(This blog was originally published in November 2018. In February 2019, Micro Focus acquired Interset)
The utility sector is the bedrock of our society today—a prime target for malicious outsiders and an incredibly dangerous asset to let fall to neglectful insiders. We’re continuing to see more discussion around best practices for utility companies in the face of increasing threats in multiple fronts. Just last month, the U.S. Department of Energy (DOE) announced plans to allocate $28 million to research partnerships aimed at developing technologies to support the utility sector and other critical infrastructure against cyberattacks—a move that reinforces Energy Secretary Rick Perry’s declaration that protecting the sector is a “top national priority.”
Perry and the DOE have more than enough evidence of the need for more proactive measures for protecting our critical infrastructure. Here are some facts to paint a picture of the current state of cybersecurity for utility companies:
- In the U.S., the utility sector experiences millions of intrusions every day.
- Duke Energy reported more than 650 million attempted attacks in 2017 alone.
- Eversource reports about one million threats every day (Connecticut Critical Infrastructure 2018 Annual Report).
- The energy sector experienced more cyber incidents than any sector from 2013-2015 (ICS-CERT).
Attacks are in no shortage, and the potential impact of attacks are well-known. The 2015 attack on utility substations in Ukraine shut off power to over 225,000 utility companies for multiple hours—a sobering example of what a cyberattack on a grid can accomplish. This summer, the U.S. faced a serious reckoning when the Department of Homeland Security (DHS) reported that Russian hackers infiltrated the control rooms of multiple electric utilities, giving them the ability to cause massive blackouts and grid disruptions.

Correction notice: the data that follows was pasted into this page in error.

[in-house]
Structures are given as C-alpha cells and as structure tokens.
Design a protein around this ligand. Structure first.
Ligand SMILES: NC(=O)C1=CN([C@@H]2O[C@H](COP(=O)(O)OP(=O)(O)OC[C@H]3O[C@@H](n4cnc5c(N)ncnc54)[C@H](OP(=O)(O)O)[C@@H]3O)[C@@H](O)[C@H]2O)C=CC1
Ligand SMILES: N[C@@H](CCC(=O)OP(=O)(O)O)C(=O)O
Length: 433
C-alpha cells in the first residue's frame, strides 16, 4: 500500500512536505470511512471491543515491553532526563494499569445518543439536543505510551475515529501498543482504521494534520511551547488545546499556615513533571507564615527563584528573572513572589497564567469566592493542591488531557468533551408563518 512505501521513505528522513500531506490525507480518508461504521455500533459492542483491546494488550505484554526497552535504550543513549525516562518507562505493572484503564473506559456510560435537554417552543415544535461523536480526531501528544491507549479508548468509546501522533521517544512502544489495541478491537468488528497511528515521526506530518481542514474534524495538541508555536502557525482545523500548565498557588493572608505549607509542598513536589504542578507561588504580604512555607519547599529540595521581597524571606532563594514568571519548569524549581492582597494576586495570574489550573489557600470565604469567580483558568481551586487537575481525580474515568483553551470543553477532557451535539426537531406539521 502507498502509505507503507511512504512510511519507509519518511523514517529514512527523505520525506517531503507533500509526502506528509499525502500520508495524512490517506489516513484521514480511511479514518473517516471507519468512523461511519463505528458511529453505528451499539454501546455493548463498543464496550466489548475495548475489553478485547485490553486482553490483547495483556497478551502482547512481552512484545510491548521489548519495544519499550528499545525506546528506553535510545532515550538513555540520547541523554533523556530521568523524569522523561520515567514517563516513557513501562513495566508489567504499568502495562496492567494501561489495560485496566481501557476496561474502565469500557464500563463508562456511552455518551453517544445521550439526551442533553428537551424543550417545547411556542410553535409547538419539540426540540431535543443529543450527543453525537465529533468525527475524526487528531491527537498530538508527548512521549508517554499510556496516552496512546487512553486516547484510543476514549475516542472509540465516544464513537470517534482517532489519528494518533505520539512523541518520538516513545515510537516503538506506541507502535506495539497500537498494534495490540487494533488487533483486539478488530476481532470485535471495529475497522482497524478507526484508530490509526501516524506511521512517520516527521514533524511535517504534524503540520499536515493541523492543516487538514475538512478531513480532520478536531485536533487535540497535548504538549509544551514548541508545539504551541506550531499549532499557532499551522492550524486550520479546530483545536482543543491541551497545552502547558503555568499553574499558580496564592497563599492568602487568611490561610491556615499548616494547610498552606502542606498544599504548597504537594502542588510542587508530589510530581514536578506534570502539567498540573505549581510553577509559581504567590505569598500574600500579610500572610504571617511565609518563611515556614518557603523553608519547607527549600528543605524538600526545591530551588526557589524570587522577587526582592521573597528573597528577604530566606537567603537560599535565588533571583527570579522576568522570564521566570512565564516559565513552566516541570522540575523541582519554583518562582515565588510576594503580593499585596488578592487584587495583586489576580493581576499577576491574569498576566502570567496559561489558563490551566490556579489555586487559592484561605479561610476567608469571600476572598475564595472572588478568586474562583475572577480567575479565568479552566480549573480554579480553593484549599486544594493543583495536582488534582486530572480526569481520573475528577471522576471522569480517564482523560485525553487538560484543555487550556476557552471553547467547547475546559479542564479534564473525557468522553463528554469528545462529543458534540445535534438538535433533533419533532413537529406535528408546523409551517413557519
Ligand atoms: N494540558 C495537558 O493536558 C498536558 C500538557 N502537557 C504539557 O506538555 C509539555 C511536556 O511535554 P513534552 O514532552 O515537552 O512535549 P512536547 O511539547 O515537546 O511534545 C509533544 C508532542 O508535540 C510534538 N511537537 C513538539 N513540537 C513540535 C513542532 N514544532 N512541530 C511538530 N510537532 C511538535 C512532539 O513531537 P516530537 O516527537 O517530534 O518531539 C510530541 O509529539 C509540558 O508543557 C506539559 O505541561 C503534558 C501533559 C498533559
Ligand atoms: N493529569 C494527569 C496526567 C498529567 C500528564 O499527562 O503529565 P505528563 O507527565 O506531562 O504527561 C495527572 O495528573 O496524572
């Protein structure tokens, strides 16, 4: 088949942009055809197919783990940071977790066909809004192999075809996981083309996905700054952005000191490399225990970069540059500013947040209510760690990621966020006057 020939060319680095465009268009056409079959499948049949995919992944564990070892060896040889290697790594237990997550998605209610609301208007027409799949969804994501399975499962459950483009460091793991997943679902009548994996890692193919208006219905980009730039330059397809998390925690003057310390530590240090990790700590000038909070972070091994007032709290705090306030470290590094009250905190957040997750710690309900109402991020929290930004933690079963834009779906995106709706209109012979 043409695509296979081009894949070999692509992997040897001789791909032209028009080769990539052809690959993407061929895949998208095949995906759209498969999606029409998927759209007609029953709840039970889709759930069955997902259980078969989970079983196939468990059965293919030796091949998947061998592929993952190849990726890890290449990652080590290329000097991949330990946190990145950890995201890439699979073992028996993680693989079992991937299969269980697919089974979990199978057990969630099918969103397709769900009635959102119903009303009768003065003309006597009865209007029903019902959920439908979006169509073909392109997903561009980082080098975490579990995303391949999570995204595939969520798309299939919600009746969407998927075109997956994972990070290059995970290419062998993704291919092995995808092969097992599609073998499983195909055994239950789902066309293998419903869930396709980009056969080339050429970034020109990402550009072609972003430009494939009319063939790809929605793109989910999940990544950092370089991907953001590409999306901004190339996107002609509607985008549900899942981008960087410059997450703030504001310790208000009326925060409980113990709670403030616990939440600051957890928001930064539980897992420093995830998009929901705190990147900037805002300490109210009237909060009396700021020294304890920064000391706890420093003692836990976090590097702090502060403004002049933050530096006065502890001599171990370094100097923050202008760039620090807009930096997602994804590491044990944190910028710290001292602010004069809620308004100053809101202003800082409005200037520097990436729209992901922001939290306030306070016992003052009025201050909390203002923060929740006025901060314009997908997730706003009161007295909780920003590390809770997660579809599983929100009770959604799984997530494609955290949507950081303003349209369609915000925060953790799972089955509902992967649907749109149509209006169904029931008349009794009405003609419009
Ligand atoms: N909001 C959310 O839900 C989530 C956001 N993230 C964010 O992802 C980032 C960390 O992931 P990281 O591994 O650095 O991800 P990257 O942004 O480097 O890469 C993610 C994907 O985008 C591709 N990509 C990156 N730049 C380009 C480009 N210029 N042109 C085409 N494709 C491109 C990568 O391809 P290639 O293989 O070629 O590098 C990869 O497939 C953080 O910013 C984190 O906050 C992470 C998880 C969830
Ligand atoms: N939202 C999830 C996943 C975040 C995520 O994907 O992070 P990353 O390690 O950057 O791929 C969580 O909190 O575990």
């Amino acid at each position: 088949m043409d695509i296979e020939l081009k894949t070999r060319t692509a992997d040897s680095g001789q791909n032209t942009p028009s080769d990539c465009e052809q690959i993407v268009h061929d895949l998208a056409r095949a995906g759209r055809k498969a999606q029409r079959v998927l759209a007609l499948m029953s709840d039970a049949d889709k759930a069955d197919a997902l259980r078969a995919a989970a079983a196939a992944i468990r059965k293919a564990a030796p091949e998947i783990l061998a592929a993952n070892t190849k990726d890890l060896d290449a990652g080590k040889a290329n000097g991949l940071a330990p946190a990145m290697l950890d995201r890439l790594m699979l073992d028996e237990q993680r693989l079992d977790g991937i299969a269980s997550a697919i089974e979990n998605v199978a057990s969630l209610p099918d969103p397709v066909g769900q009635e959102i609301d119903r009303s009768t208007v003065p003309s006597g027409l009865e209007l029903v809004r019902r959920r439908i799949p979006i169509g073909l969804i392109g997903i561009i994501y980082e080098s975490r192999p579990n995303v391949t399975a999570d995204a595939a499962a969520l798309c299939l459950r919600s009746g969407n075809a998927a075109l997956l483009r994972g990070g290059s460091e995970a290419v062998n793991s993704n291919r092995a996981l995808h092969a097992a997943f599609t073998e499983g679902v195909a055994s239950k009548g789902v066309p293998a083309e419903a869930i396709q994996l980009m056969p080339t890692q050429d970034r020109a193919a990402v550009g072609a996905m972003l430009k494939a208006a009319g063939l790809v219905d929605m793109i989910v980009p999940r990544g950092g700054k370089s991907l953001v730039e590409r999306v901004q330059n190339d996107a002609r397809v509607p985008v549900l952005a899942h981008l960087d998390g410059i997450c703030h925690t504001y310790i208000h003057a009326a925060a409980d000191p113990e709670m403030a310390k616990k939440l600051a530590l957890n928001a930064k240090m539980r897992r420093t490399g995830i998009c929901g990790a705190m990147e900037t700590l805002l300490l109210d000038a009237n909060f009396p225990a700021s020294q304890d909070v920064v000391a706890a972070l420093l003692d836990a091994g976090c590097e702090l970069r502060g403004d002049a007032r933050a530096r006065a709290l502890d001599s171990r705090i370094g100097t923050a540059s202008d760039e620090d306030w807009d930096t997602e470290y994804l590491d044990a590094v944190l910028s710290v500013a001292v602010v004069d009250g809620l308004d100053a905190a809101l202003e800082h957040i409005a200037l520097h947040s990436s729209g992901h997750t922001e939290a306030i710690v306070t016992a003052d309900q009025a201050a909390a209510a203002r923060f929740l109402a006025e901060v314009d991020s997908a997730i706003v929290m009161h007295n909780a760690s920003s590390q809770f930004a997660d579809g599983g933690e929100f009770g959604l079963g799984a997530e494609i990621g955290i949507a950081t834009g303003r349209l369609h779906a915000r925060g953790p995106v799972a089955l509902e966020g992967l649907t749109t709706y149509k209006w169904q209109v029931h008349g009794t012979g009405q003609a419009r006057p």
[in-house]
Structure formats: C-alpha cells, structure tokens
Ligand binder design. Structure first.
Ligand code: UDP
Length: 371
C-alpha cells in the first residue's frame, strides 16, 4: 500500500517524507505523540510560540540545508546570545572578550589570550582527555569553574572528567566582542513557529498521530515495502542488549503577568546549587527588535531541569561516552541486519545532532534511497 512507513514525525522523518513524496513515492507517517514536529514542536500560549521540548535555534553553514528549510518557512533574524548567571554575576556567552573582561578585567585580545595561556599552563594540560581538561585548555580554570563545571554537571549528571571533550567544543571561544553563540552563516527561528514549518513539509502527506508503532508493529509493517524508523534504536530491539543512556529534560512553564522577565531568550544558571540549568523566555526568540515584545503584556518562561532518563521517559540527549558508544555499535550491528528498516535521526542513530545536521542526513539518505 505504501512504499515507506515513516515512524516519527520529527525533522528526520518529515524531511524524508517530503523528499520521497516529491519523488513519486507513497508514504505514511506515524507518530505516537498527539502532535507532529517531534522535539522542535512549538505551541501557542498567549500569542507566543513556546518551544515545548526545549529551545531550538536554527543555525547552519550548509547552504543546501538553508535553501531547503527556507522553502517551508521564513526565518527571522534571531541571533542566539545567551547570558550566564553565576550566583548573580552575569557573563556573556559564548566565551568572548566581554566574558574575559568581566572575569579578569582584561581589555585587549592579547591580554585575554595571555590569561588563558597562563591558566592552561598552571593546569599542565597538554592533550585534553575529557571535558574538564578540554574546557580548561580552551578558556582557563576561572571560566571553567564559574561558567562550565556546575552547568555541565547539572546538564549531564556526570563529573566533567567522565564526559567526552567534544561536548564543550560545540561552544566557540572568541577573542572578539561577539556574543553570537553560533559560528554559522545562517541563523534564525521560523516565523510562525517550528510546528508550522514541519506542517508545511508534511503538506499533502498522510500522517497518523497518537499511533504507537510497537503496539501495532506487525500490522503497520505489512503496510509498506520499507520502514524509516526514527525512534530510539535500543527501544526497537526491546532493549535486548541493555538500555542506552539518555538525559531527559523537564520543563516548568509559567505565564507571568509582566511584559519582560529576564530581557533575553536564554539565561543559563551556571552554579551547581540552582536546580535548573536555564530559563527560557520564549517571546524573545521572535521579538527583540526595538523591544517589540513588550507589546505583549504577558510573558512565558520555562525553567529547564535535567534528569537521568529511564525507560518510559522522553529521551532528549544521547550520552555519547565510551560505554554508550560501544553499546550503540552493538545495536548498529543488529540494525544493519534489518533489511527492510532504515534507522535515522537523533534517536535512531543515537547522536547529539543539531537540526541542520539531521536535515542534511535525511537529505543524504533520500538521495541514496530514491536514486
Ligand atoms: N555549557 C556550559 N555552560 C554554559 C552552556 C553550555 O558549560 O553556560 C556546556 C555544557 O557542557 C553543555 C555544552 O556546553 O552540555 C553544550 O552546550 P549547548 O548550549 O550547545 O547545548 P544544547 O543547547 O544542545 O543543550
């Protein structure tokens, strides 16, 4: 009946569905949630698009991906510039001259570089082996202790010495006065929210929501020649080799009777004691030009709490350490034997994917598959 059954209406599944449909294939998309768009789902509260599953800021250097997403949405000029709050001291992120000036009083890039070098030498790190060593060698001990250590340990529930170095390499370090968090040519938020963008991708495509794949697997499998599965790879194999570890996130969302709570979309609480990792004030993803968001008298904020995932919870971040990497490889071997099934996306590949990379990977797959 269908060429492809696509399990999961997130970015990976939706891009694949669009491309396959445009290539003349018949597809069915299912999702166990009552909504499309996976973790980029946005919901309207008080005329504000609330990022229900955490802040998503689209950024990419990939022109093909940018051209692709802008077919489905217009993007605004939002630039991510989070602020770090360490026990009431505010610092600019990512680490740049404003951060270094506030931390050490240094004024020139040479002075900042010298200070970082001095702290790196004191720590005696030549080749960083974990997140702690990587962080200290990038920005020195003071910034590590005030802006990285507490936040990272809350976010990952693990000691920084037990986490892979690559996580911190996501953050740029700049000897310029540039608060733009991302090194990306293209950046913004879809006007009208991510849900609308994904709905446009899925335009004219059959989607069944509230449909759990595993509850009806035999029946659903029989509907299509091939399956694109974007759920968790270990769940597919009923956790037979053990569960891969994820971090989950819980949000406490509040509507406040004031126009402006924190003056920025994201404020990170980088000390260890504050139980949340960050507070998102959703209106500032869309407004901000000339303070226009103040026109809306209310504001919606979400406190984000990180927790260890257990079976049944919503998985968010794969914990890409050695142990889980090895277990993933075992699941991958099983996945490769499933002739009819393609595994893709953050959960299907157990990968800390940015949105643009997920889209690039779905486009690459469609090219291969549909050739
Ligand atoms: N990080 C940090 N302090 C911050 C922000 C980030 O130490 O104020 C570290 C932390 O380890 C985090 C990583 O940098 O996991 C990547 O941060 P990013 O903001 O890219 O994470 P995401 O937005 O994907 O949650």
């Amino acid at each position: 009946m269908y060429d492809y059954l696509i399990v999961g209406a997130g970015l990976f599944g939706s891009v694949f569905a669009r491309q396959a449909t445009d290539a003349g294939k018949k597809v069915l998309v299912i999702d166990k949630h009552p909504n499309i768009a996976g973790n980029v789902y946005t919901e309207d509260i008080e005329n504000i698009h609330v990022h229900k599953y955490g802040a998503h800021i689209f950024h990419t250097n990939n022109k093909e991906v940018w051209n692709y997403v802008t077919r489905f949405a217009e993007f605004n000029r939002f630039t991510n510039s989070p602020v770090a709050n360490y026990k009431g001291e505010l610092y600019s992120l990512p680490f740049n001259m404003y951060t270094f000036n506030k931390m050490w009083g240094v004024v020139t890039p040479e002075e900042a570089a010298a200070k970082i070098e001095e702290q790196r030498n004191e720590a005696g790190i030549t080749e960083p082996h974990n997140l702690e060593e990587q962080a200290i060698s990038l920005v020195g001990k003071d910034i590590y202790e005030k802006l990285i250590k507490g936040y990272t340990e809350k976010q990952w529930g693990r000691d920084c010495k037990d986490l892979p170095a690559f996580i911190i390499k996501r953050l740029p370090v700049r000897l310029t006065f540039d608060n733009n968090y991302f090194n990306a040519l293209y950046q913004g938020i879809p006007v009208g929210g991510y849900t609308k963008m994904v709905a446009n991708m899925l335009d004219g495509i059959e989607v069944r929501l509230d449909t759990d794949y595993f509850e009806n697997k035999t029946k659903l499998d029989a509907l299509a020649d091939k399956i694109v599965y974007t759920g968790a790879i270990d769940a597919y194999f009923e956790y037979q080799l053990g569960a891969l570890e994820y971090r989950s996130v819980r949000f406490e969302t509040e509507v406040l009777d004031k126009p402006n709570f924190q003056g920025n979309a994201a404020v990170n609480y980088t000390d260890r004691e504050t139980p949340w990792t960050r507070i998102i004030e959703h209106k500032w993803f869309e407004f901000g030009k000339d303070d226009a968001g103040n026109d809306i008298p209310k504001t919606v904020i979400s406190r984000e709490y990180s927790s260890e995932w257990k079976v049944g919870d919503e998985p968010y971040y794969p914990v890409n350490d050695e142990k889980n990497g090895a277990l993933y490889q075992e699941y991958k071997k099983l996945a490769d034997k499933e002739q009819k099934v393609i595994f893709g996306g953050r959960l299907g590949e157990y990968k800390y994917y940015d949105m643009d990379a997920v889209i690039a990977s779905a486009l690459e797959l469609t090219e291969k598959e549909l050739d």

The DOE’s multi-year plan for cybersecurity issued earlier this year included three top priorities: strengthening cybersecurity preparedness, coordinating incident response and recovery, and accelerating R&D of resilient energy delivery systems. The third goal includes a specific focus on working alongside the private sector to find tools that prevent, detect, and mitigate incidents effectively for today’s complex systems. (Check out the full DOE Strategy for Energy Sector Cybersecurity for more detail).
The reality is that security operations center (SOC) teams in the utility sector face enormous pressure and very complex challenges, including protecting vast networks without sufficient security or data science expertise. This is where technology will continue to play an increasingly important role. For a utility sector SOC, a proactive security posture is critical. You have to be able to quickly know exactly what is happening within your enterprise, who is doing it, and how to respond. At Interset, we work hand-in-hand with companies in this sector to enable their SOC analysts with technology that can give them the right context quickly, connect the dots between behaviors and risk, and focus on real threats. Where critical infrastructure is concerned, speed and accuracy are of utmost importance. SOC teams can hardly afford to spend time chasing false positives when the potential damage of downtime is so high.
We’ll be keeping a close eye on the utility sector to see what new developments stem from collaboration between the public and private sectors. Alongside our utility customers, we hope to see win after win for the good guys in 2019.